A stolen laptop computer has caused a migraine for the University of Nebraska-Lincoln’s Institute of Agriculture and Natural Resources.
While in Rome last month, an IANR consultant’s laptop computer was pilfered. The consultant helps manage IANR retirement benefits.
Concerned that someone might get access to close to 900 IANR staffers’ and former staffers’ Social Secuity numbers, UNL hired a Wisconsin firm to assist in managing the fallout. Those who could be affected have been offered a year’s worth of identity theft protection through Experian.
NU spokeswoman Melissa Lee said the university has no reason to believe that the thief has tried to gain access to information.
In this brave new world of instant-access information technology, organizations must be on guard for computer hacks and breaches that can lead to identity theft.
“It’s unfortunate that security incidents are part of the world that we live in today,” Lee said. She said UNL police and Rome law enforcement were informed of the theft. “Needless to say, we’re continuing to monitor” the situation.
Lee said there’s no way to know yet how many will take UNL up on the offer of identity theft protection. But UNL has hired Michael Best, a Madison, Wisconsin, firm, to help the university warn staffers about potential problems.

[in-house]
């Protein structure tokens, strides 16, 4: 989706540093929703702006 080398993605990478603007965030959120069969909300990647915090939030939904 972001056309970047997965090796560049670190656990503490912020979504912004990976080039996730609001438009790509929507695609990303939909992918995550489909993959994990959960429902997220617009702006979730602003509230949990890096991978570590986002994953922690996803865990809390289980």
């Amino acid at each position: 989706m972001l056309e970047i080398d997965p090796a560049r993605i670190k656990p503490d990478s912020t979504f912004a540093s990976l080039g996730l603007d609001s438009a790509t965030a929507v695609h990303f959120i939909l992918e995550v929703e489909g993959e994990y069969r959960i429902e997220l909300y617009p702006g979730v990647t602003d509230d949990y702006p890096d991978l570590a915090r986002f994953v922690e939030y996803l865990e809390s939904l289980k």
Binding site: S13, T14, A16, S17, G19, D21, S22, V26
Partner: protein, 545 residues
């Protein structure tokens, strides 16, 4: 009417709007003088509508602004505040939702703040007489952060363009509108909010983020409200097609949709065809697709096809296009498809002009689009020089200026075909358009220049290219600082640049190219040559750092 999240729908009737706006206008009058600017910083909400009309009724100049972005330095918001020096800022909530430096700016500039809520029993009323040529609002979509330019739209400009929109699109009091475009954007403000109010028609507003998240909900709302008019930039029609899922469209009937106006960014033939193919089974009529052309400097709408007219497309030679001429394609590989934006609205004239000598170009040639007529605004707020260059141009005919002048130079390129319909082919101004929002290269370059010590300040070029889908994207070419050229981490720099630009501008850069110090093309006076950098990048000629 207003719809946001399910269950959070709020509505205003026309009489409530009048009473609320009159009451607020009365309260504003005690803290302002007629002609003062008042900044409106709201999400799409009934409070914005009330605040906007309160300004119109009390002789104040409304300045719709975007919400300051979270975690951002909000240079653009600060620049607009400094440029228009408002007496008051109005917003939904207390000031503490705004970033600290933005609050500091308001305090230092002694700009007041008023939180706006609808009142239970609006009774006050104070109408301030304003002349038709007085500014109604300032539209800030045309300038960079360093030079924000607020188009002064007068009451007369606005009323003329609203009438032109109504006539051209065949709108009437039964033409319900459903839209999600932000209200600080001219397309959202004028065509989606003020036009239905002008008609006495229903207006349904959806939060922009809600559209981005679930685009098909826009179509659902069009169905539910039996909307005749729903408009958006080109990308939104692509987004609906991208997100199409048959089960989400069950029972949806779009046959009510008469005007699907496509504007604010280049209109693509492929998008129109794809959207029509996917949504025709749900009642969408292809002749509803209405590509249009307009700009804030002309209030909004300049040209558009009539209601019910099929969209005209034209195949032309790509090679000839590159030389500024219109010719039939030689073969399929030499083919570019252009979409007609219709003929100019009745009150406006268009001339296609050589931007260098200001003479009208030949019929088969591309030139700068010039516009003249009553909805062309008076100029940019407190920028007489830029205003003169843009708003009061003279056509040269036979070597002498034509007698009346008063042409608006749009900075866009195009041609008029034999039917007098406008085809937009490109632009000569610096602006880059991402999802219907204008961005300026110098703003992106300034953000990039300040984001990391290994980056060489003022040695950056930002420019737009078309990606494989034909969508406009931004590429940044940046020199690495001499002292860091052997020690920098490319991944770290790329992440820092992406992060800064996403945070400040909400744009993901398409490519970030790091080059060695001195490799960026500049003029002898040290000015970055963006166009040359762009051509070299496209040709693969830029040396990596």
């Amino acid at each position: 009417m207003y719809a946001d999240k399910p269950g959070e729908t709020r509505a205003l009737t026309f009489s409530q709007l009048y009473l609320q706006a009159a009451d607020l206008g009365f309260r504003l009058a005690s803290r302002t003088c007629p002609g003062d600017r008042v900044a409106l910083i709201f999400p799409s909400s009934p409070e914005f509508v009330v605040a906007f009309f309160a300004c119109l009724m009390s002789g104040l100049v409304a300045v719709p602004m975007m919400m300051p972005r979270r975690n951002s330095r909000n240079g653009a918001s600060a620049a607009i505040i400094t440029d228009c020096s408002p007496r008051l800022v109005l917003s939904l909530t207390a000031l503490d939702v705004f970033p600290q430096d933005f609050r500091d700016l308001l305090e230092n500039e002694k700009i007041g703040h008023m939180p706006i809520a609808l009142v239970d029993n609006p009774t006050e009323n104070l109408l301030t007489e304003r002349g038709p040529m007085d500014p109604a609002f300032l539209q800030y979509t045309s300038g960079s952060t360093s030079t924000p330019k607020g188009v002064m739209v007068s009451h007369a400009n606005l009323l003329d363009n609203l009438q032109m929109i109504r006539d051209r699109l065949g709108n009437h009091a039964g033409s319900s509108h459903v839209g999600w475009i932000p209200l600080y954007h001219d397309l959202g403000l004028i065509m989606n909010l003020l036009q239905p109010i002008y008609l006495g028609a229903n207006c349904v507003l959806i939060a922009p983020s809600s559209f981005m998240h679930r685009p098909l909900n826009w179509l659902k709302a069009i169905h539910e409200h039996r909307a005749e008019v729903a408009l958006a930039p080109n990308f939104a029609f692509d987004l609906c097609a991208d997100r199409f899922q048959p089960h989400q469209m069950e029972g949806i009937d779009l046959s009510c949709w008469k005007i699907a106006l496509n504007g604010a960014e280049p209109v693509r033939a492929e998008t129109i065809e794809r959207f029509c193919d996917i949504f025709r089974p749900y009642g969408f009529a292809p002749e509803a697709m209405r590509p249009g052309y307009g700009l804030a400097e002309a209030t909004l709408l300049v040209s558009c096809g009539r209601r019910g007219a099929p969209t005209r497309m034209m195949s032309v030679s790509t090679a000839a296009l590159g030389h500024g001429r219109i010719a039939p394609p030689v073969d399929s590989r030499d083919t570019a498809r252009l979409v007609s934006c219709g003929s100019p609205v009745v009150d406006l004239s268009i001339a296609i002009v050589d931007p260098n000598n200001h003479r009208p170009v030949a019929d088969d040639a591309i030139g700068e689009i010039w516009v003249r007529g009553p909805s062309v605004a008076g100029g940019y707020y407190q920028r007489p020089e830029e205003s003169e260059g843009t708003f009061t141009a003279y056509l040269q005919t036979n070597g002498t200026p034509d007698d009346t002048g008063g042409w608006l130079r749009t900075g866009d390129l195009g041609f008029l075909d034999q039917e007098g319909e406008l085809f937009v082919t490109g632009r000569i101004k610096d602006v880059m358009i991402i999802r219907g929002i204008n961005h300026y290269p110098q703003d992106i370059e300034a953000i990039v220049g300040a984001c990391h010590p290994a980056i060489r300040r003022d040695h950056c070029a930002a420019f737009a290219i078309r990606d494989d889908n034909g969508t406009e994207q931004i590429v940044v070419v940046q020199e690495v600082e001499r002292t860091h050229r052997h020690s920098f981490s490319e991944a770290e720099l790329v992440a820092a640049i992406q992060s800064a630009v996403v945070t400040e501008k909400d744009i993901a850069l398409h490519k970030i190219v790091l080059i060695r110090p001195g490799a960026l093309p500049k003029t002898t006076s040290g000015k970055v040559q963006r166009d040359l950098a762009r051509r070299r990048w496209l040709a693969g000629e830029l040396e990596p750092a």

“A laptop got stolen,” Lee said Monday. She added that she didn’t want to make too much or too little of the matter. The university has acted “out of an abundance of caution,” she said.
UNL felt compelled, at some inconvenience and cost, to notify all of those whose identity information — Social Security numbers, names, addresses, phone numbers and email addresses — could be jeopardized if the laptop thief has sophisticated, sinister intentions.
The laptop was password protected but not encrypted. A letter was recently mailed from the Michael Best firm in Wisconsin to numerous IANR employees and former employees. The letter is signed by Michael Boehm, vice chancellor of IANR at UNL.
Lee said the company is an expert in taking steps to prevent data breaches.
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Doug Rausch, director of Bellevue University’s cybersecurity program, said security entails “a balance between protection and convenience.” Rausch said an organization can make its system secure by asking users to log in repeatedly and requiring multiple passwords or long, complicated passwords. But that, he said, is inconvenient.
When there is trouble, Rausch said, “the faster you can react to it and notify folks, the better.” A breach can lead to credit card numbers being exposed, he said, and being sold on the black market. He said data breaches weren’t heard of as often 10 years ago because society wasn’t posting as much sensitive information digitally in accessible places.
Lee said the “bad guys” are trying to hack into organizations’ and companies’ information systems “every hour on the hour.”